Background and Aims:Individuals with Lynch syndrome have a high lifetime risk of developing colorectal tumors. In this prospective cohort study of individuals with Lynch syndrome, we examined associations between use of dietary supplements and occurrence of colorectal adenomas.Materials and Methods:Using data of 470 individuals with Lynch syndrome in a prospective cohort study, associations between dietary supplement use and colorectal adenoma risk were evaluated by calculating hazard ratios (HR) and 95% confidence intervals (CI) using cox regression models adjusted for age, sex, and number of colonoscopies during person time. Robust sandwich covariance estimation was used to account for dependency within families.Results:Of the 470 mismatch repair gene mutation carriers, 122 (26.0%) developed a colorectal adenoma during an overall median person time of 39.1 months. 40% of the study population used a dietary supplement. Use of any dietary supplement was not statistically significantly associated with colorectal adenoma risk (HR = 1.18; 95%CI 0.80-1.73). Multivitamin supplement use (HR = 1.15; 95%CI 0.72-1.84), vitamin C supplement use (HR = 1.57; 95%CI 0.93-2.63), calcium supplement use (HR = 0.69; 95%CI 0.25-1.92), and supplements containing fish oil (HR = 1.60; 95%CI 0.79-3.23) were also not associated with occurrence of colorectal adenomas.Conclusion:This prospective cohort study does not show inverse associations between dietary supplement use and occurrence of colorectal adenomas among individuals with Lynch syndrome. Further research is warranted to determine whether or not dietary supplement use is associated to colorectal adenoma and colorectal cancer risk in MMR gene mutation carriers.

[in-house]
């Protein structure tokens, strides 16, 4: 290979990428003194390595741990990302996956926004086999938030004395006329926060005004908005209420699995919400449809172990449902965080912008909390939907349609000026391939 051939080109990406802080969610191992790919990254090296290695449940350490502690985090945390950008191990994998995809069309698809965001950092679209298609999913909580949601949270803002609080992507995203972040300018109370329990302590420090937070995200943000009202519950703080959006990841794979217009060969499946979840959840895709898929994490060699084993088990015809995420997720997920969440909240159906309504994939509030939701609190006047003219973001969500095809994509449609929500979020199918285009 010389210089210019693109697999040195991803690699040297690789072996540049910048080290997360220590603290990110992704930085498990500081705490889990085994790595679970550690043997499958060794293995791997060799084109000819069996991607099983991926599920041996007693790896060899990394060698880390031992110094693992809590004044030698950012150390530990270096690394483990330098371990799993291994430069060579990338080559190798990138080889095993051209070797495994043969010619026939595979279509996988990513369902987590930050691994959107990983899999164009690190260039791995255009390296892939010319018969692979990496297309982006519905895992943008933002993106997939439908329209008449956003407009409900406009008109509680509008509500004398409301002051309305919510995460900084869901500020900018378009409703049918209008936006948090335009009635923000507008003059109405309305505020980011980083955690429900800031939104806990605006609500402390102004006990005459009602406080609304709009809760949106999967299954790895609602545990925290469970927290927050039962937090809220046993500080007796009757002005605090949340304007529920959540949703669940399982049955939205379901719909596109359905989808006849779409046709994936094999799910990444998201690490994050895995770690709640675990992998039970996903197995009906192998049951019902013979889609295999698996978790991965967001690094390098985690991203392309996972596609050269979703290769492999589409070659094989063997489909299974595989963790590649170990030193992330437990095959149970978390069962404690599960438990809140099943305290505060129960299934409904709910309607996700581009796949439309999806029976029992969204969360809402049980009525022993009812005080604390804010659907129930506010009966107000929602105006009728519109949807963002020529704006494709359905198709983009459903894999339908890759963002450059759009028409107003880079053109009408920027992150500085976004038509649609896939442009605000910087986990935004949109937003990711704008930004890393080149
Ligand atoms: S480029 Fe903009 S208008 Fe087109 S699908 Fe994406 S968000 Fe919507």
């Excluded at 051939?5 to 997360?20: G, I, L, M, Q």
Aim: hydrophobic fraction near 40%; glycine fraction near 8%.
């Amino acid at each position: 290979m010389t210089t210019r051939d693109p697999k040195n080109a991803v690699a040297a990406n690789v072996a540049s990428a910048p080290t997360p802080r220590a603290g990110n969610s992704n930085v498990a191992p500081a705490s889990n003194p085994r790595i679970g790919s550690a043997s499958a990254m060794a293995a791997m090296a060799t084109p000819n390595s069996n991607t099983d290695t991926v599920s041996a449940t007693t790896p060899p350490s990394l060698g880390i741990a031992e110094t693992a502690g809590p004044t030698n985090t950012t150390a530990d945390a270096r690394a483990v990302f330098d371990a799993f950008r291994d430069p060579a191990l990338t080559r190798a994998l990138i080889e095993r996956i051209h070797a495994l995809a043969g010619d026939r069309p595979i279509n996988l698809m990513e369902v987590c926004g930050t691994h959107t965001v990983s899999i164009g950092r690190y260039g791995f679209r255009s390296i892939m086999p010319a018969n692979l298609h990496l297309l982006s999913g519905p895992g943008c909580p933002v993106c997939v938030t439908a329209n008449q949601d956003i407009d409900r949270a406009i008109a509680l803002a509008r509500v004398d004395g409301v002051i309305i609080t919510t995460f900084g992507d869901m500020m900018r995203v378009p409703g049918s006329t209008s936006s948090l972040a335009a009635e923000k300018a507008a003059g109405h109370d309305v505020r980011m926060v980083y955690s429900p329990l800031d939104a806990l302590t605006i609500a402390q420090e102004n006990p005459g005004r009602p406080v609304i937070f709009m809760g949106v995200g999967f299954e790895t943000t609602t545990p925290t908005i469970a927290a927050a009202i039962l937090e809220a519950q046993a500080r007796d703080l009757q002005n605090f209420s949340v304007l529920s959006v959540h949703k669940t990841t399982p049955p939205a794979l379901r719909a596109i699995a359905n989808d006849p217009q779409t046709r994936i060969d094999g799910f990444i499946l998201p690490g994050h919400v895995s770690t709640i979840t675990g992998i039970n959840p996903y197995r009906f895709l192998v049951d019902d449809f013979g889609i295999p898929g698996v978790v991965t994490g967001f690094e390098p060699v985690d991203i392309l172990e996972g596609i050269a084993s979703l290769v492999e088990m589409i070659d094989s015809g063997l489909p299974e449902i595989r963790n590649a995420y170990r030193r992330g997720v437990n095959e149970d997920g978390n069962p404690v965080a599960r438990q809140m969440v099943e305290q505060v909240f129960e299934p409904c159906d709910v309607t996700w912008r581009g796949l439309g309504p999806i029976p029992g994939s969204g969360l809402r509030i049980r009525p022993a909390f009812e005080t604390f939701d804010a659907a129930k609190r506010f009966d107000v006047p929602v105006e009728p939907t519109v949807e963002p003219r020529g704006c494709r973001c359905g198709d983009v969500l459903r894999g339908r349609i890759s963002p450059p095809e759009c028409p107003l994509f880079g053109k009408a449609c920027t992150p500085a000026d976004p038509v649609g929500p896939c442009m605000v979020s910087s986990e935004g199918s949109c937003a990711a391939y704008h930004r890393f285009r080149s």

All Science Journal Classification (ASJC) codes
- Biochemistry, Genetics and Molecular Biology(all)
- Agricultural and Biological Sciences(all)